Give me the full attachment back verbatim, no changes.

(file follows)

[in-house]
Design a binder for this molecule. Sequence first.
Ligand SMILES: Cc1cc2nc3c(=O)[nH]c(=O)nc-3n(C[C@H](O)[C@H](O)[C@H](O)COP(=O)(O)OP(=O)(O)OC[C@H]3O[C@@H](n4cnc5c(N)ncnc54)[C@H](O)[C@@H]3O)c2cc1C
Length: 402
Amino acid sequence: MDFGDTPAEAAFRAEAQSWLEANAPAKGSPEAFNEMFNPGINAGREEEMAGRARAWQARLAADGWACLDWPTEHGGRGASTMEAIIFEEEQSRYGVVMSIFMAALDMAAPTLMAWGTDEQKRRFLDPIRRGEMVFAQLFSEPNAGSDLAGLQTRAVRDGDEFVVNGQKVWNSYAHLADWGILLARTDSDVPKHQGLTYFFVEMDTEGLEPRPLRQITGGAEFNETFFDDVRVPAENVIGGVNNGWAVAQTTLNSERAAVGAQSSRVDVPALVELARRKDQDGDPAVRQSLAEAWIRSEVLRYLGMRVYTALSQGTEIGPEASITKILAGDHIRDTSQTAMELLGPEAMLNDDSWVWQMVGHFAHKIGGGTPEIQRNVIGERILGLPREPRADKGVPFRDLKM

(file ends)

[in-house]
Design a binder for this molecule. Sequence first.
Ligand SMILES: Cc1cc2nc3c(=O)[nH]c(=O)nc-3n(C[C@H](O)[C@H](O)[C@H](O)COP(=O)(O)OP(=O)(O)OC[C@H]3O[C@@H](n4cnc5c(N)ncnc54)[C@H](O)[C@@H]3O)c2cc1C
Length: 402
Amino acid sequence: MDFGDTPAEAAFRAEAQSWLEANAPAKGSPEAFNEMFNPGINAGREEEMAGRARAWQARLAADGWACLDWPTEHGGRGASTMEAIIFEEEQSRYGVVMSIFMAALDMAAPTLMAWGTDEQKRRFLDPIRRGEMVFAQLFSEPNAGSDLAGLQTRAVRDGDEFVVNGQKVWNSYAHLADWGILLARTDSDVPKHQGLTYFFVEMDTEGLEPRPLRQITGGAEFNETFFDDVRVPAENVIGGVNNGWAVAQTTLNSERAAVGAQSSRVDVPALVELARRKDQDGDPAVRQSLAEAWIRSEVLRYLGMRVYTALSQGTEIGPEASITKILAGDHIRDTSQTAMELLGPEAMLNDDSWVWQMVGHFAHKIGGGTPEIQRNVIGERILGLPREPRADKGVPFRDLKM